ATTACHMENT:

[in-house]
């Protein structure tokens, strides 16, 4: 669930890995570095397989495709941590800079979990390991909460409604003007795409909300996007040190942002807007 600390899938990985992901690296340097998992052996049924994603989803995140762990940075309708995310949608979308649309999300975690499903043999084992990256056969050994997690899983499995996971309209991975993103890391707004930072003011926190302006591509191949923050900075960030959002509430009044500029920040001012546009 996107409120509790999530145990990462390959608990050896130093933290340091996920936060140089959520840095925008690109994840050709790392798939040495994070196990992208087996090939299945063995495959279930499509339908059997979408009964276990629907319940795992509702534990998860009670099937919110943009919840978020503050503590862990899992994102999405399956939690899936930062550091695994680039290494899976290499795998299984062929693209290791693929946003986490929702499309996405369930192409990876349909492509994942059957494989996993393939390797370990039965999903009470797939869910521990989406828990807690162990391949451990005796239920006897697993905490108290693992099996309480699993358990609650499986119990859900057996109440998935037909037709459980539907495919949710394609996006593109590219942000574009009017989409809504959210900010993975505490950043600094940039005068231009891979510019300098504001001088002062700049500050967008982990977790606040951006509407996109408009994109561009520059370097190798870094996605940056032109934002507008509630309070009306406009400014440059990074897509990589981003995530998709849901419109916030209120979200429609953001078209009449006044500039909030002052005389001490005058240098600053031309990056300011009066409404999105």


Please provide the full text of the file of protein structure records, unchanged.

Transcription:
[in-house]
């Protein structure tokens, strides 16, 4: 669930890995570095397989495709941590800079979990390991909460409604003007795409909300996007040190942002807007 600390899938990985992901690296340097998992052996049924994603989803995140762990940075309708995310949608979308649309999300975690499903043999084992990256056969050994997690899983499995996971309209991975993103890391707004930072003011926190302006591509191949923050900075960030959002509430009044500029920040001012546009 996107409120509790999530145990990462390959608990050896130093933290340091996920936060140089959520840095925008690109994840050709790392798939040495994070196990992208087996090939299945063995495959279930499509339908059997979408009964276990629907319940795992509702534990998860009670099937919110943009919840978020503050503590862990899992994102999405399956939690899936930062550091695994680039290494899976290499795998299984062929693209290791693929946003986490929702499309996405369930192409990876349909492509994942059957494989996993393939390797370990039965999903009470797939869910521990989406828990807690162990391949451990005796239920006897697993905490108290693992099996309480699993358990609650499986119990859900057996109440998935037909037709459980539907495919949710394609996006593109590219942000574009009017989409809504959210900010993975505490950043600094940039005068231009891979510019300098504001001088002062700049500050967008982990977790606040951006509407996109408009994109561009520059370097190798870094996605940056032109934002507008509630309070009306406009400014440059990074897509990589981003995530998709849901419109916030209120979200429609953001078209009449006044500039909030002052005389001490005058240098600053031309990056300011009066409404999105």